Panama's dub masterFriday, February 26, 2021
BY HOWARD CAMPBELL
Considered dancehall/reggae's fastest- growing market, Latin America's calendar is packed annually with Jamaican artistes. One of the music's point man in that region is DJ Chiqui Dubs from Panama.
The dreadlocked 35-year-old wears several hats — booking agent, sound system selector, record label owner and recording artiste. This week, he was in Jamaica shooting a video for Come my Way, a song he recently did with Voicemail.
The single is his second with the dancehall duo. Their first, Selfie, was released in 2019.
According to DJ Chiqui Dubs, Selfie did well in Panama, Colombia and Costa Rica. He expects the follow-up to do even better.
“ Selfie was a more Afrobeats beat… Come my Way is more of a fusion with dancehall an' Afrobeats so we can reach more people, like in England, Canada an' Latin America,” he told the Jamaica Observer, in Spanish-tinged patois.
DJ Chiqui Dubs has also collaborated with roots artistes like Exile di Brave on Remain The Same. He said it is important to have a Jamaican connection to his songs, to make it more palatable in Latin America where dancehall/reggae has a huge following.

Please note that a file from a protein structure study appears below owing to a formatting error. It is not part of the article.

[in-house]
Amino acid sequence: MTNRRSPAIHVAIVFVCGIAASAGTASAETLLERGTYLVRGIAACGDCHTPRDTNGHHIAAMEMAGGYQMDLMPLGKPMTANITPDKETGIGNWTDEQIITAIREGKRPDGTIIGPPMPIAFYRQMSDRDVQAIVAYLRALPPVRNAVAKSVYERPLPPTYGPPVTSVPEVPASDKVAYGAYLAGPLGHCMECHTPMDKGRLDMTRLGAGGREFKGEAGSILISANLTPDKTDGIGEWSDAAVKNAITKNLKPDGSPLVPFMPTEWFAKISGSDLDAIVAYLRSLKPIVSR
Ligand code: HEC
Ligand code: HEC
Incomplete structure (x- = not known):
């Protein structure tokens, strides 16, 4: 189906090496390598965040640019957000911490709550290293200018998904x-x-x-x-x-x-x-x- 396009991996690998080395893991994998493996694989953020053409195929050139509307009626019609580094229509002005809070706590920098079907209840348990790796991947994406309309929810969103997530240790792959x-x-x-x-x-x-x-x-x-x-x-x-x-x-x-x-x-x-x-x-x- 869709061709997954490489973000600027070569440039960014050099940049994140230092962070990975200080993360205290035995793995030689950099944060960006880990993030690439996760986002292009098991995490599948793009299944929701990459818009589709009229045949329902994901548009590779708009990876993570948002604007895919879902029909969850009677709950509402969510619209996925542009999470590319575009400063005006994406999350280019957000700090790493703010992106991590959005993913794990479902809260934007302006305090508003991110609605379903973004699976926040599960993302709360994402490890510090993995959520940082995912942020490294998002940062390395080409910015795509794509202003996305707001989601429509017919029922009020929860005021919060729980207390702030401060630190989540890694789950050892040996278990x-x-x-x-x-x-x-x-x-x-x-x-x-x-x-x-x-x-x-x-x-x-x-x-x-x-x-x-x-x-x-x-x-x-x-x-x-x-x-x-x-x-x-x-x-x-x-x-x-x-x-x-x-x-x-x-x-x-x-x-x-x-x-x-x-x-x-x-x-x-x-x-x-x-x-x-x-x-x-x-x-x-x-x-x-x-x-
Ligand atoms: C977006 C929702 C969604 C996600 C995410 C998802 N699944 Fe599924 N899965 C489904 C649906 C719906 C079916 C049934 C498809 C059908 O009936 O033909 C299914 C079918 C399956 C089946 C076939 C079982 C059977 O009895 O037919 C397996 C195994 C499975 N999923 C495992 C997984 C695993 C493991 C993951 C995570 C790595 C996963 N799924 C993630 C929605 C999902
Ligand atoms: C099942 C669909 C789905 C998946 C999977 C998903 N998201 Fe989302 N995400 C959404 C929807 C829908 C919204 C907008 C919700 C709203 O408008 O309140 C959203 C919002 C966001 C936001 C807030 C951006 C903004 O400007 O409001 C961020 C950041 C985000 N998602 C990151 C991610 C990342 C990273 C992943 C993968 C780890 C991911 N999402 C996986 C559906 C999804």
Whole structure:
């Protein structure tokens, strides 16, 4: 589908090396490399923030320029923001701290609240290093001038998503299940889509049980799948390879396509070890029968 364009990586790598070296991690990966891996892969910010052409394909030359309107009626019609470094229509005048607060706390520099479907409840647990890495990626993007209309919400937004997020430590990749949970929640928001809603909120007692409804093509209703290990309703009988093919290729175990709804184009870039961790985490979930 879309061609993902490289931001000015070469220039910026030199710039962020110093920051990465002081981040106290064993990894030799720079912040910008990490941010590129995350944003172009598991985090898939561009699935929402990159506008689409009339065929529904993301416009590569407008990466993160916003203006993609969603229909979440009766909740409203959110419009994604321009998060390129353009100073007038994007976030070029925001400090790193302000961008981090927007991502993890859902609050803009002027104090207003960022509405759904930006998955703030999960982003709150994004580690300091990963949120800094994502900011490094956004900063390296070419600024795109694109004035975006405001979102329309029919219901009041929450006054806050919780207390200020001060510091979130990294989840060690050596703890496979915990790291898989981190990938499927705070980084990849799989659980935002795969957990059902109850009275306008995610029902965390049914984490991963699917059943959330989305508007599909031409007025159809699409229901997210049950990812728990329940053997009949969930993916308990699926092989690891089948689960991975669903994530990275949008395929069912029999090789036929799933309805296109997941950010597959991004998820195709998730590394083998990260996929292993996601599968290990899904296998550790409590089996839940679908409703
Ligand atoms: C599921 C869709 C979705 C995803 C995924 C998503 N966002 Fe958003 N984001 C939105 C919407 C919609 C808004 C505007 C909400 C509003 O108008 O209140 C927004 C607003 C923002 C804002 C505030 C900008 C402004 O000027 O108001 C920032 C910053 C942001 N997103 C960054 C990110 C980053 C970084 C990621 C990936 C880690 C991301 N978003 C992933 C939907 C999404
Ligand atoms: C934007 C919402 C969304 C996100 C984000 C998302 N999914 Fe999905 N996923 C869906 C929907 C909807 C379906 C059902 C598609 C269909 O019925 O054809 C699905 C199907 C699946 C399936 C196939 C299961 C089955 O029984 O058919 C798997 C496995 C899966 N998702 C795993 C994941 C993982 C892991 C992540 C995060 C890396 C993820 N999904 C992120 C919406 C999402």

“In Panama, reggae an' dancehall after our music is big. Di music is big in Colombia, Guatemala, Chile, Costa Rica an' Mexico but in Panama, it's bigger 'cause we create reggae an' dancehall in Spanish,” he explained.
Because Panamanian artistes have been 'translating' Jamaican dancehall songs in Spanish since the early 1980s, old-school acts like Yellowman, Major Mackerel, Johnny P, Peter Metro, Chaka Demus and Flourgon are still revered there. In fact, DJ Chiqui Dubs books several of these performers in Panama through his agency, Dubz Reggae Production.
He also books Beenie Man, Chi Ching Ching and Popcaan for shows in other Latin American countries.
Born Jean Alexander, DJ Chiqui Dubs was raised in the capital Panama City on indigenous Latin music but remembers steady radio rotation of dancehall music in Panama. It was not strange to hear a local artiste doing a Spanish version of Echo Minott's What The Hell The Police can Do, among other songs, during the 1980s.
While reggaeton erupted in other Latin countries like Puerto Rico, Panamanians maintained their love for Jamaican artistes, as well as homegrown acts who did Spanish interpretations of dancehall songs. In the last 10 years, Jamaican performers like Charly Blacks and the producer Rvssian have had massive hits in the region, prompting leading players like DJ Chiqui Dubs to increase their involvement with 'yaad' artistes.
Whether as an artiste, selector or booking agent, he believes he has an obligation to blend the cultures.
“It's very important 'cause I grew up with di reggae music, so dis is what I really an' truly promote as a culture in every country I go,” said DJ Chiqui Dubs.
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